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Peter Schorsch: The Top Five stories from Tallahassee – and more

Is State Sen. Greg Evers becoming the Hamlet of the Florida Panhandle?

Reports first floated last year that the Okaloosa County Republican was toying with the idea of running for Santa Rosa County sheriff, to replace the retiring incumbent there.

He was later mentioned as eyeing the job of Okaloosa County’s property appraiser. And Pensacola political blogger Rick Outzen added a 2018 run for Commissioner of Agriculture to the mix, noting that Evers is a farmer by trade.

Now, Evers has blown his own deadline on whether to enter the race to succeed retiring U.S. Rep. Jeff Miller in northwest Florida despite his flying to Washington last month to do “research.”

Because of state Senate redistricting, all senators have to run again this year. If Evers retakes his seat, he wouldn’t be term-limited there until 2020.

But his lack of decisiveness probably contributed to one potential candidate not running for Evers’ Senate district: State Rep. Clay Ingram, a Pensacola Republican, decided to run for one more term in the House instead.

Meanwhile, Evers’ supporters privately fear his “enterprises of great pith and moment,” to quote the Bard, are “los(ing) the name of action.”

Meanwhile, here are my Top Five stories from Tallahassee last week:

1. Want cream with that shouting?

Gov. Rick Scott got an earful when he walked into a Gainesville Starbucks on Tuesday. Cara Jennings, a Lake Worth activist and former city commissioner, was caught on camera scolding Scott and calling him an a**hole for how he’s handled health issues.

The video shows Scott citing job growth, before he and his staff left the coffee shop without even grabbing a much-needed cup of Joe. Scott’s political committee shot back Friday, releasing a 60-second advertisement taking the woman to task, calling her a “latte liberal.”

2. Last bill standing.

The Legislature sent its final bill of the session to Scott on Monday, and boy is it a doozy. The bill (SB 668) changes the way Florida judges can award spousal support, potentially getting rid of so-called “forever alimony.”

Scott vetoed an attempt to modify the law in 2013, saying at the time that it would have been applied retroactively. He has until April 19 to take action on the measure.

3. On the books.

Scott signed dozens of bills laws into law last week, including one that repealed a 148-year-old law that made it illegal for unmarried couples to live together. The prohibition was tough to enforce, especially when there are more than 438,000 unmarried male-female couples living in Florida.

4. Welcome back.

After some time away from Tallahassee, Cheri Vancura is heading back to the capital city. Vancura, the chief deputy of operations for the Martin County Clerk of Courts, will be Senate President Designate Joe Negron’s chief of staff during his two-year term. Vancura is a Tallahassee veteran, working as Negron’s chief legislative assistant, as well as working for CFO Jeff Atwater, both on his 2010 campaign and in the CFO’s office.

5. The rent is too high.

The Florida Department of Health said it won’t charge an outspoken pediatric cardiologist rent. The reversal comes after Christine Sexton of POLITICO Florida reported the agency was going to charge him nearly $1,400 a year to rent space at the Children’s Medical Services clinic. Dr. Louis St. Petery said he received the rental agreement on March 31. St. Petery didn’t sign the contract.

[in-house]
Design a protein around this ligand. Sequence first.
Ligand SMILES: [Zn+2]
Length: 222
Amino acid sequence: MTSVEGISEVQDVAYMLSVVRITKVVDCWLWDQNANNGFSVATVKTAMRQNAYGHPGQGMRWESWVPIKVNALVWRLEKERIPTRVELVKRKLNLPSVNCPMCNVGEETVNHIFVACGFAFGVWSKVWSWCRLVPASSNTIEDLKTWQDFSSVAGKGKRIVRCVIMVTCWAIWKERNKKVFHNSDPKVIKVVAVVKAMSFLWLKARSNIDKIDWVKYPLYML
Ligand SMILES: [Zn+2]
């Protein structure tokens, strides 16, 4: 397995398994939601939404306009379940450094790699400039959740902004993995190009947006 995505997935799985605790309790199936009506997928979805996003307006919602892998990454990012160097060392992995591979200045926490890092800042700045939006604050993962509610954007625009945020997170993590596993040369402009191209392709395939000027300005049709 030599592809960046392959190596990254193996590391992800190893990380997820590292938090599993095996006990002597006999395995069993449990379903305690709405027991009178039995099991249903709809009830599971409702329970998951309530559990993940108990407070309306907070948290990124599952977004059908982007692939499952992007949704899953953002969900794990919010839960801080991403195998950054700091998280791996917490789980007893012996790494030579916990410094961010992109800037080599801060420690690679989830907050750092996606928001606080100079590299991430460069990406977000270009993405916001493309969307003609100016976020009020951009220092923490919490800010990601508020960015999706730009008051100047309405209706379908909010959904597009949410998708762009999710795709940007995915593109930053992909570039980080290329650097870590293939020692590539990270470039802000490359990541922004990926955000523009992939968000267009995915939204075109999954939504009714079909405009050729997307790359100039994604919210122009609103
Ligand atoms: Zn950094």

Meanwhile, Interstate 75 will soon have six travel lanes spanning from the Georgia border to Southwest Florida.

Scott last week announced that the state will begin the final segment of I-75 widening construction in 2018. The project will widen I-75 from four lanes to six lanes south of Jones Loop Road to U.S. 17 in Charlotte County.

Finally, Florida’s capital city has been named one of the best cities for-African-Americans in 2016.

Tallahassee was ranked No. 1 on the Livability 10 Best Cities for African-Americans list.

The other cities on the list included Lansing, Michigan (No. 2)North Las Vegas, Nevada (No. 3); York, Pennsylvania (No. 4); and La Vergne, Tennessee (No. 5).

“Our nation’s largest cities, as well as towns in the rural South have traditionally been the go-to centers of African-American life,” said Matt Carmichael, editor and chief trend analyst of Livability. “But I think this list shows that, today, smaller and mid-size cities throughout the U.S. can be great places for African-Americans.”

According to the report, Tallahassee has an African-American population of more than 100,000. The report also said Florida A&M University, a historically black college, provides “economic and cultural opportunities for African-Americans.”

***

Peter Schorsch is a new media publisher and political consultant based in St. Petersburg, Florida. Column courtesy of Context Florida.   

Written By

Peter Schorsch is the President of Extensive Enterprises and is the publisher of some of Florida’s most influential new media websites, including Florida Politics and Sunburn, the morning read of what’s hot in Florida politics. Schorsch is also the publisher of INFLUENCE Magazine. For several years, Peter's blog was ranked by the Washington Post as the best state-based blog in Florida. In addition to his publishing efforts, Peter is a political consultant to several of the state’s largest governmental affairs and public relations firms. Peter lives in St. Petersburg with his wife, Michelle, and their daughter, Ella.

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Florida Politics is a statewide, new media platform covering campaigns, elections, government, policy, and lobbying in Florida. This platform and all of its content are owned by Extensive Enterprises Media.

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